Wednesday, September 28, 2011

Surviving the Game: An Interview with Michael “Mick-Man” Gourdine A.K.A Candy Man, Author of 'Chili Pimping in Atlantic City: The Memoir of a Small-Time Pimp and Hustler' (Part 1)

For squares, the pimp game has long held a certain mystique.  Men of leisure have always operated behind a shroud of mystery.  Their trade is practiced in the shadows.  Supposedly, the game is to be sold, not told.  Never the less, countless books and documentaries have claimed to give an insider’s view of the sporting life.  Many of them simply recycle and reinforce any number of clichés popularized by Blaxploitation films and the like.  Since it’s impossible for civilians to separate fact from fiction, many of these myths are accepted as truth by the general populace




Michael Gourdine, known in the streets by nick names such as “Mick-Man” and later “Candy Man,” was intrigued by the pimp game as a youngster.  While serving as a New York City police officer from 1990 to 2000, he led a double life as a “chili pimp” and all around hustler.  Such nefarious activities led to him being considered the 3rd dirtiest cop in the history of the NYPD.  His new book ‘Chili Pimping in Atlantic City: The Memoir of a Small-Time Pimp and Hustler’, tells the story of how he played on both sides of the law for a decade.  During a recent phone conversation, he shared the rules of the pimp game as only he could.  His insights were equal parts chilling and compelling. 


So gather ‘round
And I’ll run it down
And unravel my pedigree
-Robert Beck aka Iceberg Slim from his poem “The Fall”



Scott “Tre” Wilson:  In your book, you describe a brief encounter you had with Alberto “Alpo” Martinez.  Although you didn’t really talk to him, what was your impression of him?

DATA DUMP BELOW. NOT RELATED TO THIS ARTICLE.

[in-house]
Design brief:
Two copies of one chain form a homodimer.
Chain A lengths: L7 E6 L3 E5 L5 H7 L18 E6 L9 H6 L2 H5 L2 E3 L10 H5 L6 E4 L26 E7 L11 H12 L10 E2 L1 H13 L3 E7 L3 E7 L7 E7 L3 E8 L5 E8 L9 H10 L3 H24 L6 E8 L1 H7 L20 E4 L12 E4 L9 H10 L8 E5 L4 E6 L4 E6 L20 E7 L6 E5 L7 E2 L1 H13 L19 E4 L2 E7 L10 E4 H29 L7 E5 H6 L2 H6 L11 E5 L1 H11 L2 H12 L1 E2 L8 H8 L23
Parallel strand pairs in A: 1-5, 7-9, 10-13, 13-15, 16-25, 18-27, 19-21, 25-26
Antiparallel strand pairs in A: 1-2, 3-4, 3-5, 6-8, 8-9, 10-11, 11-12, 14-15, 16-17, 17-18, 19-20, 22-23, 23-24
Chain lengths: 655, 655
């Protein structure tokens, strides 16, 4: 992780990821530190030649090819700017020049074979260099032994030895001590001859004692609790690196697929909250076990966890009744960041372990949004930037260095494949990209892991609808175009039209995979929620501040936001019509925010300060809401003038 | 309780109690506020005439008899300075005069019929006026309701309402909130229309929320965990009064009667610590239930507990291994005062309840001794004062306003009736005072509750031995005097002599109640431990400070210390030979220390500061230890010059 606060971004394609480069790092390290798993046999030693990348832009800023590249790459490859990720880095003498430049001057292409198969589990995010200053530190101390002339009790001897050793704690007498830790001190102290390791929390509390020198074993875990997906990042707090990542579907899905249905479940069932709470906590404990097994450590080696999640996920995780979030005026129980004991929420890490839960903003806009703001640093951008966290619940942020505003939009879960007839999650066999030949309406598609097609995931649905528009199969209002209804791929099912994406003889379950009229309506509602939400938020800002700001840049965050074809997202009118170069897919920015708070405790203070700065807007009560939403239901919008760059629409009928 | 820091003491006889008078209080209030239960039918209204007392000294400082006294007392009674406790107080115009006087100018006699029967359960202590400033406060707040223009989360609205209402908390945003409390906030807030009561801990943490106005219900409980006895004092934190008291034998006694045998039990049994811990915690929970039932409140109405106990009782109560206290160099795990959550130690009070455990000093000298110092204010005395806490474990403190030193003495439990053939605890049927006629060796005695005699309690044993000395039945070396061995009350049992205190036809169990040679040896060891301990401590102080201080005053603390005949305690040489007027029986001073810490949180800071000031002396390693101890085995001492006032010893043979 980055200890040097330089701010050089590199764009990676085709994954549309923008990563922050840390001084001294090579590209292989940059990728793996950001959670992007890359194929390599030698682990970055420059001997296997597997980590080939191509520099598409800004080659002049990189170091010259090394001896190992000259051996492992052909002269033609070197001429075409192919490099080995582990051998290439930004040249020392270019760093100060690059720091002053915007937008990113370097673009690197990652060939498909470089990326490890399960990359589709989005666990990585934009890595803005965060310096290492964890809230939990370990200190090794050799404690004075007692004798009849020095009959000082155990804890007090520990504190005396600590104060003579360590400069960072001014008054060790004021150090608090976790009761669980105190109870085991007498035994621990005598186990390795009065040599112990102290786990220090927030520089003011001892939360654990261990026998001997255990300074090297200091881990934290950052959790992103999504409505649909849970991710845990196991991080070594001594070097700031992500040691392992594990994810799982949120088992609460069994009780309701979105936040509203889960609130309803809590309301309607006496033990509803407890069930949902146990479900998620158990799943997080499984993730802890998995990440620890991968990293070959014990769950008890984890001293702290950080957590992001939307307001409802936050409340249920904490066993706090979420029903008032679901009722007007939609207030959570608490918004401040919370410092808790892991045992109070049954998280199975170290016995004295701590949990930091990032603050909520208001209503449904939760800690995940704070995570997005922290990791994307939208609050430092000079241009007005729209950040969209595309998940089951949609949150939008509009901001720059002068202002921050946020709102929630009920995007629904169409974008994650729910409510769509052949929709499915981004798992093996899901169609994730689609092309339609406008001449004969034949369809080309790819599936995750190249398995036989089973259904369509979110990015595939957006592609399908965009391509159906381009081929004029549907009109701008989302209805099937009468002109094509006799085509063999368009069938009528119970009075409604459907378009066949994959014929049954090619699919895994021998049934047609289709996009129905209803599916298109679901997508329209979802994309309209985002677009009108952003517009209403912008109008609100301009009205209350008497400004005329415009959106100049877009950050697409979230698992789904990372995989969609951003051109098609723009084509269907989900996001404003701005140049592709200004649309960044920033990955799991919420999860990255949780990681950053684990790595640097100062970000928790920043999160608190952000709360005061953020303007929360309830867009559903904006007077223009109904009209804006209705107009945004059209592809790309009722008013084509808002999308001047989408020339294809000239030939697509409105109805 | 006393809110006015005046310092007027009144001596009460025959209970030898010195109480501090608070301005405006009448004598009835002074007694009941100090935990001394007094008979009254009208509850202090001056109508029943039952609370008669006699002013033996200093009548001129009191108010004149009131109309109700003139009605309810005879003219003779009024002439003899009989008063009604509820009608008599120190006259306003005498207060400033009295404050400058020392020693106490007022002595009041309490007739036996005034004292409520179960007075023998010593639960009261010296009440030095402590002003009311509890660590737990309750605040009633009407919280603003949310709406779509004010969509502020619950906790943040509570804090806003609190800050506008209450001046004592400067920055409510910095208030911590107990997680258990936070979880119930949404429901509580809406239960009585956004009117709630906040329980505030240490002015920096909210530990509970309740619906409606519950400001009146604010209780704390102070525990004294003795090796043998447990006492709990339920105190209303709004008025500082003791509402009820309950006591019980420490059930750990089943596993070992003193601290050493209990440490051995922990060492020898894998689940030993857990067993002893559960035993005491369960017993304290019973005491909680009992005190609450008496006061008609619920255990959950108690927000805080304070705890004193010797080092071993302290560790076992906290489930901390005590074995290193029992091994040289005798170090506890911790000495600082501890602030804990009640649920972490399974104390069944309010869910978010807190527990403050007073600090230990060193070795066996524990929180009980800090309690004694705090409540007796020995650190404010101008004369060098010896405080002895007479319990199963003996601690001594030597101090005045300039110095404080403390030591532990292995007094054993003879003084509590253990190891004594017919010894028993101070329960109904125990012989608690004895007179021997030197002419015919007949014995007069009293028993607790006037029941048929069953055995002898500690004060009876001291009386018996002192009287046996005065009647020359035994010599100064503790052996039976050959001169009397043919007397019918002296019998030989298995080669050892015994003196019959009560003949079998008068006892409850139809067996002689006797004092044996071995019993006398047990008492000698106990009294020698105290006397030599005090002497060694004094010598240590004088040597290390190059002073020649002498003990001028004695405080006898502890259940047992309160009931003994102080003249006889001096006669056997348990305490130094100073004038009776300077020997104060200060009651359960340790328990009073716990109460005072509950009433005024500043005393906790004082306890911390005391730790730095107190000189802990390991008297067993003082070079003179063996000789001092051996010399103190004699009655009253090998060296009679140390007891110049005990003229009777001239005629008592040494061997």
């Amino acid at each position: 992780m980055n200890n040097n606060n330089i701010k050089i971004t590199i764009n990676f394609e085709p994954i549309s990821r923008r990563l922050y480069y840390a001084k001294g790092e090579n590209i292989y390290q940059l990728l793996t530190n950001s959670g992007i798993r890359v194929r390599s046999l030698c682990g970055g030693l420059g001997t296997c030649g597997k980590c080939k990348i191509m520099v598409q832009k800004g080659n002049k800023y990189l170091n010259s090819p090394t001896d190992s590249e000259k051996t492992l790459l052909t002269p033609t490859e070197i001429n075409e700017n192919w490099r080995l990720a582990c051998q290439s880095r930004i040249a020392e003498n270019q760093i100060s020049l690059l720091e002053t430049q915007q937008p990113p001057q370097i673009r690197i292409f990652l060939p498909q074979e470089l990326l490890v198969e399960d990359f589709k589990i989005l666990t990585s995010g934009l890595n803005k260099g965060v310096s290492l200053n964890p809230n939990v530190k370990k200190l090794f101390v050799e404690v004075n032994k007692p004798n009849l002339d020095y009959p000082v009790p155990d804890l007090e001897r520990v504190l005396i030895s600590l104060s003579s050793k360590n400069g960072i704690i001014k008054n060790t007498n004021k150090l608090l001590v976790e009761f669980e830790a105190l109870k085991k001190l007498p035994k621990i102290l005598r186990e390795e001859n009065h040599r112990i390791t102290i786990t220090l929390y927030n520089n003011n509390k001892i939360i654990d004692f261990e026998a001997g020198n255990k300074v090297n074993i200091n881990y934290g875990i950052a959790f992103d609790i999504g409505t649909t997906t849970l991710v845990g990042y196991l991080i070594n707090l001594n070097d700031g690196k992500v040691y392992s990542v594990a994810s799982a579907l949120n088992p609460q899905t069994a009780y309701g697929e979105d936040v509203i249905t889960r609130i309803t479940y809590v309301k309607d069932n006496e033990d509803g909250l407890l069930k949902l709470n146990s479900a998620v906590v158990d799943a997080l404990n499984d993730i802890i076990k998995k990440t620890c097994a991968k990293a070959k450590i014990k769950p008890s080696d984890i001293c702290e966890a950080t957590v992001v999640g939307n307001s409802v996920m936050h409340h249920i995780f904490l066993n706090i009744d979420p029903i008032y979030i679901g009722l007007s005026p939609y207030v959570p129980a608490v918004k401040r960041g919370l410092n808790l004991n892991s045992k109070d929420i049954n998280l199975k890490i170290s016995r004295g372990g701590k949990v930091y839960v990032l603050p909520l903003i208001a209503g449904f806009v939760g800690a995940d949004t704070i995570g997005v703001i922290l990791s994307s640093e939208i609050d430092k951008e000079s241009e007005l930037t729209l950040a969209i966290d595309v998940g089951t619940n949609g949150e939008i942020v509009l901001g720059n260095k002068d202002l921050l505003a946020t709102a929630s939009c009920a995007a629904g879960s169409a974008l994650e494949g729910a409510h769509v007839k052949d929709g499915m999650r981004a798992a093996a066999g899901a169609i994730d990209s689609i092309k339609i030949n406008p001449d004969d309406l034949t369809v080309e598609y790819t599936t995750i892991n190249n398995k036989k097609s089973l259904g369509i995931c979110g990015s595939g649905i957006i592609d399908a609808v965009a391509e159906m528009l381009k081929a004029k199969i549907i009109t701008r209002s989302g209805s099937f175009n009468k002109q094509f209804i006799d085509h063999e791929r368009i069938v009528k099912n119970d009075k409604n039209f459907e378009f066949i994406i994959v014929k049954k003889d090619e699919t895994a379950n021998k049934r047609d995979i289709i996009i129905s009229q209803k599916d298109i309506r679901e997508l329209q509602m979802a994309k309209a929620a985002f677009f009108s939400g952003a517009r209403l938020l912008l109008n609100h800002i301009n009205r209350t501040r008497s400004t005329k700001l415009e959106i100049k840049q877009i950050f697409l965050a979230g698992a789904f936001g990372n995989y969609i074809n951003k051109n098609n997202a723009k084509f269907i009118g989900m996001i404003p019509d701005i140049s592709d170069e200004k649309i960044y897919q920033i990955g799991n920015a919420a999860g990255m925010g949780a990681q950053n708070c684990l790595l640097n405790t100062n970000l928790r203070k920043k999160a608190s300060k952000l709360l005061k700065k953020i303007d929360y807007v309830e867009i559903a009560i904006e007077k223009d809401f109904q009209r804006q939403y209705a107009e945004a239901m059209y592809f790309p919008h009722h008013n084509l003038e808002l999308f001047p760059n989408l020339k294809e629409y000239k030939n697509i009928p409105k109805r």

Michael “Mick-Man” Gourdine: That he was a very well known person with a lot of power and a lot of pull in the street.  He was more of a celebrity than Doug E. Fresh, Rakim, or any of the rappers of that day.  I was at The Rooftop that night.  Rooftop was a club and he had more fans than the rappers that were there, even though he was outside.  I saw him outside and that was the first time I had saw him.  I saw him a few times after that.  Each time he seemed to be more popular.  That night I didn’t know who he was.  I had heard of Po, but his cousin Arlene called him Alberto.  I didn’t know that was who he was, but you knew he was someone to be reckoned with.

Alberto Martinez aka "Alpo"


Scott “Tre” Wilson: Cities like Chicago, Detroit, Memphis, and Oakland are somewhat synonymous with the pimp game in popular culture.  I’ve never heard of New York City being mentioned in that same pantheon.  It seems odd that America’s biggest city barely seems to have much of a reputation in that regard.  Why is that?

Michael “Mick-Man” Gourdine: Because the modern day form of pimping, the stroll method, came to be in East Mississippi.  It traveled northward during the great migration period where five million blacks went north.  The largest population of Blacks was 1.3 million.  It went from Mississippi to Chicago…up the Mississippi River to Tennessee. The Midwest was where the stroll method was used in the street.  It ended where the migration ended, which was Chicago, becoming a way of life during the end of the great depression in the 1930’s.  It became a subculture in the Midwest with Chicago as its Mecca, where it developed a dress style, a dance style, its own language, and it pretty much became a way of life.  

New York and the East coast didn’t really take to it.  There were more blue collar people and they reverted more to gangsterism.  Chicago criminals are more centralized around a specific crime.  If you’re a stick up kid, you are a stick up kid.  If you’re a pimp, you’re a pimp.  New York people are basically all around hustlers.  They will do whatever comes about to make money.  Since it’s not a tradition or something that’s passed on, since the game is not taught from generation to generation, each person who comes into the game in New York is pretty much winging it.  It’s not something that has evolved and strengthened over time, so there’s no continuity to it.  Each generation is learning for the first time.

Scott “Tre” Wilson: I’ve heard it said time and again that the best male pimps are actually homosexuals.  There’s even an old saying that goes “A pimp will sell his ass if his hoe won’t.”  The stereotypical image of pimps in American popular culture seems to support this notion.  Is there any truth to it?